Oxford House Is Not Safe For Women With PTSD (And May Not Be Safe for Women Without It) Part 1
From predatory men in the chapters to women housemates with personality disorders, if you are living with a history of trauma, you will be moving into an environment that will make your life get about 100 times worse.
Sure, it’s better than the streets, and maybe it’s better than being with an abusive partner, but is this the standard you want to use to measure your recovery?
“At least I’m not shooting dope in the streets, so it can’t be all that bad?”
Wow. Way to keep the bar low. You really expect nothing from your life, do you? Do you let other people treat you as bad as you treat yourself?
And this is where no oversight and no background checks and no screening for personality disorders and no outside psychological assistance makes Oxford House a potentially dangerous environment for its most vulnerable members.
Do you think they care?
They really and truly do not. They focus on opening new houses and preaching their self-created statistics, and all the while, people are dying in their houses. Women are harassed and sexually assaulted in their houses. Blamed for their own abuse. The dead blamed for their own demise. Blamed for not taking their recovery seriously.
Told to leave the house during the day to “find a job.”
Not properly evaluated by a mental health professional before being left to their own devices and tossed into the hands of a pack of drunks and dopeheads who claim to have an 80% success rate that they made up out of thin air.
If you’re a woman dealing with PTSD, diagnosed or not, the first threat you will need to be aware of in Oxford House is the following:
As I mentioned in a previous post, there are no background checks. Potential members are asked if they are sex offenders, but it is very easy to lie, and no one will verify the information. There are a few questions about domestic violence history and criminal charges, but again, no one follows up on any of this information provided to verify that it is true.
There are also no questionnaires for their attitudes towards women and no in-depth interviews to assess their expectations for their recovery, especially as they pertain to dating in recovery and interacting with the opposite sex.
Members are required to attend chapter meetings, which is an occasion where all members of all houses in a chapter meet together and discuss the goings on in the chapter and where each house stands financially. As you can imagine, this can turn into an environment where an attractive new woman is gawked at, flirted with, and sometimes even harassed by the men of Oxford House.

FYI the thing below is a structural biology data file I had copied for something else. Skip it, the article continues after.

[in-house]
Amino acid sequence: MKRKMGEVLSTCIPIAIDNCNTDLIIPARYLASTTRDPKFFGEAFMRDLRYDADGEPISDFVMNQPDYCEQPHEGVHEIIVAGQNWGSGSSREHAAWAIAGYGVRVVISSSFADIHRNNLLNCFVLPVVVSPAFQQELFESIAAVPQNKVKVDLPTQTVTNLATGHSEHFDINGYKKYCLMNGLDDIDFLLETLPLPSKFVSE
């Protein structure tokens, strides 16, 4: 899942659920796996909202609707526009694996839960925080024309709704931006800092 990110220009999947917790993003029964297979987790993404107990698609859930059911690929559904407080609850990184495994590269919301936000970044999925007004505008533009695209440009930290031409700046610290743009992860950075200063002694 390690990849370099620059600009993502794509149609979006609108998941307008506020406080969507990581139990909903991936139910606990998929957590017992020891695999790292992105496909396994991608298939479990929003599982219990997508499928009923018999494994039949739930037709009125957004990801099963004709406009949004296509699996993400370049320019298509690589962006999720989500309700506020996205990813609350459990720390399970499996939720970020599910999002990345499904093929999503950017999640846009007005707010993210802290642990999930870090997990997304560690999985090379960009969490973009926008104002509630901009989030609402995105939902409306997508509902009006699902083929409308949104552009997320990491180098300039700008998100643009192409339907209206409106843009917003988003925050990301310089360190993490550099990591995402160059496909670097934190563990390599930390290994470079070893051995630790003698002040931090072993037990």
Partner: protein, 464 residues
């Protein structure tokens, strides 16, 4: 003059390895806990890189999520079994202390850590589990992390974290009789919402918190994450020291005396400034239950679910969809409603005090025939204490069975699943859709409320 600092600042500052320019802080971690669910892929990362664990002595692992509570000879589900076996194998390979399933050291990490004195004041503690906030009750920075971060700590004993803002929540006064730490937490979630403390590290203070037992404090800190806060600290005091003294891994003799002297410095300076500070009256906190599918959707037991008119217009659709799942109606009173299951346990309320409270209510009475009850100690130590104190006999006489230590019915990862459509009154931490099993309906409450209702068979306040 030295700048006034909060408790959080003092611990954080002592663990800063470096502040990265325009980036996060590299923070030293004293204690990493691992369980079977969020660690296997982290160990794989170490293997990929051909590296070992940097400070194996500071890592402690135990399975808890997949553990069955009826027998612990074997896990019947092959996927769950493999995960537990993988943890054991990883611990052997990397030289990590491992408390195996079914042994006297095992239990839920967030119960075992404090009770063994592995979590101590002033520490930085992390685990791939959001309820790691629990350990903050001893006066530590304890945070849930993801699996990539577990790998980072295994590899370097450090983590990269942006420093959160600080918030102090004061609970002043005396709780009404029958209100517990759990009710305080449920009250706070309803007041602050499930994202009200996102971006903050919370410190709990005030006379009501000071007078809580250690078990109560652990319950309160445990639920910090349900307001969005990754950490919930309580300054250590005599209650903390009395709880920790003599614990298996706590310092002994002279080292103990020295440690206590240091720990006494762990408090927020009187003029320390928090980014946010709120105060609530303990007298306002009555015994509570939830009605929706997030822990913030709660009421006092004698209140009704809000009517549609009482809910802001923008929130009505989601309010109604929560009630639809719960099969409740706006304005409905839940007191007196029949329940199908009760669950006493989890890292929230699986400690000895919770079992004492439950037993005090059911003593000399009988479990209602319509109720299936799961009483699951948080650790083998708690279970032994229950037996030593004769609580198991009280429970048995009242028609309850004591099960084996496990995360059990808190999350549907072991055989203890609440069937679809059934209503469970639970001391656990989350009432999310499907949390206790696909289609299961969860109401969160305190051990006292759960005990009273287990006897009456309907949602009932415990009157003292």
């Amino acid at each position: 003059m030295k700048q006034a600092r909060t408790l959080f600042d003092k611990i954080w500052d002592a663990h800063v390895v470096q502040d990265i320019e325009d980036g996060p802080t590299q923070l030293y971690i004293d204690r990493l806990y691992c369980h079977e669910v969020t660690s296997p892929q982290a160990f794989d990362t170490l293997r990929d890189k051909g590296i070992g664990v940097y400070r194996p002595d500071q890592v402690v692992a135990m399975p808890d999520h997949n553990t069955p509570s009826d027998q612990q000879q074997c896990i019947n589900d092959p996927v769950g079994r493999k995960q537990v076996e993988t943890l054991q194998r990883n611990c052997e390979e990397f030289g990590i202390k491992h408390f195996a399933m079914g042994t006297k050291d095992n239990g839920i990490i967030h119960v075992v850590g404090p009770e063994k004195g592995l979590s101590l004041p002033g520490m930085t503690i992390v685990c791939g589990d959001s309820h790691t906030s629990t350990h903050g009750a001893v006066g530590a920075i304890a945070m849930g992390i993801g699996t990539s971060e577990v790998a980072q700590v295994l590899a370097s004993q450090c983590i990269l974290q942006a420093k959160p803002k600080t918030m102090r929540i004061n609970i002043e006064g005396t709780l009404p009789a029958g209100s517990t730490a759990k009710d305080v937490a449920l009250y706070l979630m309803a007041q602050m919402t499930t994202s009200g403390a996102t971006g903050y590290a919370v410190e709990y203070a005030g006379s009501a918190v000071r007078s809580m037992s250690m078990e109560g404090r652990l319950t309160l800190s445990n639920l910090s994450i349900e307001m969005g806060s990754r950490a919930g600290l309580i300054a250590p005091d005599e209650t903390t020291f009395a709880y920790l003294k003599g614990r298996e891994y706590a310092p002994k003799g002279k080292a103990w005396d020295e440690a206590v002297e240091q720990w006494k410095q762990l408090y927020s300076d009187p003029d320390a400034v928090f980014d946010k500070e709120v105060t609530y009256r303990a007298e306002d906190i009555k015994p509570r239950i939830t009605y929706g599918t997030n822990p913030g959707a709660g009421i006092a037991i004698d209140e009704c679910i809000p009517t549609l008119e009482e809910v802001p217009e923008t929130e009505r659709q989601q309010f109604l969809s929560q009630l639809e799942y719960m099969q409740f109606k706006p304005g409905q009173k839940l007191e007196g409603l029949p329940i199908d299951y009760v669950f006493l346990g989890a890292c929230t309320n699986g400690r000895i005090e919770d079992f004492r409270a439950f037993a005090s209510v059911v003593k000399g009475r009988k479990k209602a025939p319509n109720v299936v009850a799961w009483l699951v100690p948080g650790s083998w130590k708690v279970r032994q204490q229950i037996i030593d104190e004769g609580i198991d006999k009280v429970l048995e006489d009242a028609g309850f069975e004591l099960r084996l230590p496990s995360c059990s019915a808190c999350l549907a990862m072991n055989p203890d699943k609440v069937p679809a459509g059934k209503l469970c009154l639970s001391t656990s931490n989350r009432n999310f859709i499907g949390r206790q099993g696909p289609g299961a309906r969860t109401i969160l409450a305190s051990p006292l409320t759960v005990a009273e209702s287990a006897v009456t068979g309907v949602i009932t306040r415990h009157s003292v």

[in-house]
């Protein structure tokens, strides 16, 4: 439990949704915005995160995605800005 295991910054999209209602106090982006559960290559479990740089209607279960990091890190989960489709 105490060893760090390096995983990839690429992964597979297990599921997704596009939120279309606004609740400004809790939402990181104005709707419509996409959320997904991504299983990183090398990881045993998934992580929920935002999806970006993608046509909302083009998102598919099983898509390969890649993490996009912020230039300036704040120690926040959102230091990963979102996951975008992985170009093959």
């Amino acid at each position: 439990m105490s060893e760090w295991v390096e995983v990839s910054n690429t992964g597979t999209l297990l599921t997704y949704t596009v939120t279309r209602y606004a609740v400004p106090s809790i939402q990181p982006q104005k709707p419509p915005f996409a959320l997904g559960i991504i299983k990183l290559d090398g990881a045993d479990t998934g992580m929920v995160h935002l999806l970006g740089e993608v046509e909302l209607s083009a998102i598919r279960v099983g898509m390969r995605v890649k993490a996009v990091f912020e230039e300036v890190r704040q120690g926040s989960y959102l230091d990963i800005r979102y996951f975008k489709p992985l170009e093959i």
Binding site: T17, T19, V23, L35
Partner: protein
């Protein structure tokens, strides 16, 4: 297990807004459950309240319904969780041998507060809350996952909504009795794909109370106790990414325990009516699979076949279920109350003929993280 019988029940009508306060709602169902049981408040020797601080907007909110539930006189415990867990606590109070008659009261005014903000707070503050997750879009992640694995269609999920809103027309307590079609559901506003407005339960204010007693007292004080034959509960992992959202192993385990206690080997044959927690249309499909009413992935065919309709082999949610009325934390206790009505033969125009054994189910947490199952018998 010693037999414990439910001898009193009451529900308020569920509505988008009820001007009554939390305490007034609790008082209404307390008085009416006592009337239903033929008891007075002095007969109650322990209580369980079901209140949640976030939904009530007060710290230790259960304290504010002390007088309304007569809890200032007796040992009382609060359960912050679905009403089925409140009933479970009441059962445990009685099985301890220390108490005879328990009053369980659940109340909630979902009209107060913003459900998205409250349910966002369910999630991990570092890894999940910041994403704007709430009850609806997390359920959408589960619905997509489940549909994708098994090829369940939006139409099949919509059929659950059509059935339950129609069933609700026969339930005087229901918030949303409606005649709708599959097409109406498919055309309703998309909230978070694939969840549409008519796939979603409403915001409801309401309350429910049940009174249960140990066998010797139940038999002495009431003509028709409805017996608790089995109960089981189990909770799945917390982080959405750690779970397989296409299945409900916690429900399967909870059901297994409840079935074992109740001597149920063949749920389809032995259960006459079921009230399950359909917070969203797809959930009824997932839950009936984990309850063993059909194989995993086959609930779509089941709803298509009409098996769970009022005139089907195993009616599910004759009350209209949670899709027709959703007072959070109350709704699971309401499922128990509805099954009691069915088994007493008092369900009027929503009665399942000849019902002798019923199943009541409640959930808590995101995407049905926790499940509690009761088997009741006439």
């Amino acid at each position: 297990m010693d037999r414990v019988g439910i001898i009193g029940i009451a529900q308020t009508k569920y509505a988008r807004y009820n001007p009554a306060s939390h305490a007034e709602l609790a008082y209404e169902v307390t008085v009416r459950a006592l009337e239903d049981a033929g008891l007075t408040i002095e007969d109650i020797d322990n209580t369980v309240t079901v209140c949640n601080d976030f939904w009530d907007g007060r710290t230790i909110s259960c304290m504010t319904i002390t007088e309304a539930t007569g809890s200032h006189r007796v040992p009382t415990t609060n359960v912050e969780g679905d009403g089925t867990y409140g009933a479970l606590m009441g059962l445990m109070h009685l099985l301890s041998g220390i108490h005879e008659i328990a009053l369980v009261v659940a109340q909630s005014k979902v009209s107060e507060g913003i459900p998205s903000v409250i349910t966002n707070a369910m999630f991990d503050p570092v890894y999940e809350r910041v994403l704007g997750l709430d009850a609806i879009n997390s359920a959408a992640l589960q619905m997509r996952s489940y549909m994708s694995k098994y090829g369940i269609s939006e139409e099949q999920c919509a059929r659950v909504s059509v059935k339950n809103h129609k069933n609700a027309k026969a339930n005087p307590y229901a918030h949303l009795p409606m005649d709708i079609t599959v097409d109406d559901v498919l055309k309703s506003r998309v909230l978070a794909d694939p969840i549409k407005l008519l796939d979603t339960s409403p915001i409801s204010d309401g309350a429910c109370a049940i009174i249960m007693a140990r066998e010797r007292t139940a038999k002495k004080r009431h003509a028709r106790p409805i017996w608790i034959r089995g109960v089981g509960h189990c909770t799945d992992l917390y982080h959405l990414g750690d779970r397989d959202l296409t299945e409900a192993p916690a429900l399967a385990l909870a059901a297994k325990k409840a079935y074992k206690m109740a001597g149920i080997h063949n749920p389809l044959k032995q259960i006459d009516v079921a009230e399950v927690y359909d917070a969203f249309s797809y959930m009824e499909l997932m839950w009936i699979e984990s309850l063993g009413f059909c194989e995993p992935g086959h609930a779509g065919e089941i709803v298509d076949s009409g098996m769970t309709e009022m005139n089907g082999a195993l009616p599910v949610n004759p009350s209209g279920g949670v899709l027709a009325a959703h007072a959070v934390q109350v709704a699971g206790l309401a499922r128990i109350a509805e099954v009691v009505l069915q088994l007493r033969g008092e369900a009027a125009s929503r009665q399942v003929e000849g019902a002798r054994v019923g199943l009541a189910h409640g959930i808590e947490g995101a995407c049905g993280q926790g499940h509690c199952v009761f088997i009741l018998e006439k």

For women who are interested in such attention, it does them no good for this sort of behavior to interfere with the purpose of them being in OH in the first place. The attention may be flattering, but often women who are new to recovery haven’t learned appropriate boundaries, and they will often exchange one addiction for another, e.g., the crackpipe for the skin flute. Sure they stop drinking and/or drugging, but they can’t focus on their recovery because they are surrounded by droves of men who will shove it into whatever opening they can find on any willing partner.
Do you think this behavior is frowned upon by Oxford House at all? Of course not. The members in “leadership” positions are often dating each other, so a new member who isn’t interested in male attention and doesn’t want to mix with the opposite sex because of previous trauma is still forced to attend these chapter meetings.
I do understand that policing fully-grown adults is rather absurd, but when you look at the fact that women often start drinking too much after being raped, and others become alcoholics or addicts after being sexually abused by boys and men while they were children, mixed environments can be fraught, and when you’re dealing with people who have shown that they lack life skills and good judgment already, is it really wise to leave them to their urges and whims with no supervision?
I’m gonna say no.
Although there are no co-ed houses, there are sometimes men’s houses on the same street as women’s houses. Often members can enter each other’s houses without knocking, and sometimes the men will know the door codes to the women’s door locks. So if you are someone who thinks that moving into a women’s house will mean that you will be away from getting propositioned, groped, catcalled, harassed, or creeped out in general, you should prepare yourself to be alarmed at the amount of junkie dick that will be thrown at you.
And don’t expect anyone to care or to have any sympathy.
I have my own personal experience with sexual assault in Oxford House, and when I told the chapter chairman about it, he laughed it off, called me crazy and told me to stop acting like such a “psycho.” He also said that I should be “glad that men still want me” because most women my age look a lot older and “not so fine.”
I was able to fight off my attacker before he did too much damage, but it was still a traumatic experience. My attacker then proceeded to accuse me of wanting him sexually and being jealous that he was going out with someone. He then told everyone in the chapter who knew me that he and I had sex, and that I was jealous and crazy. Who do you think they believed?
What do you think Oxford House did?
If you said “not a damned thing,” you’d be right.
To be continued…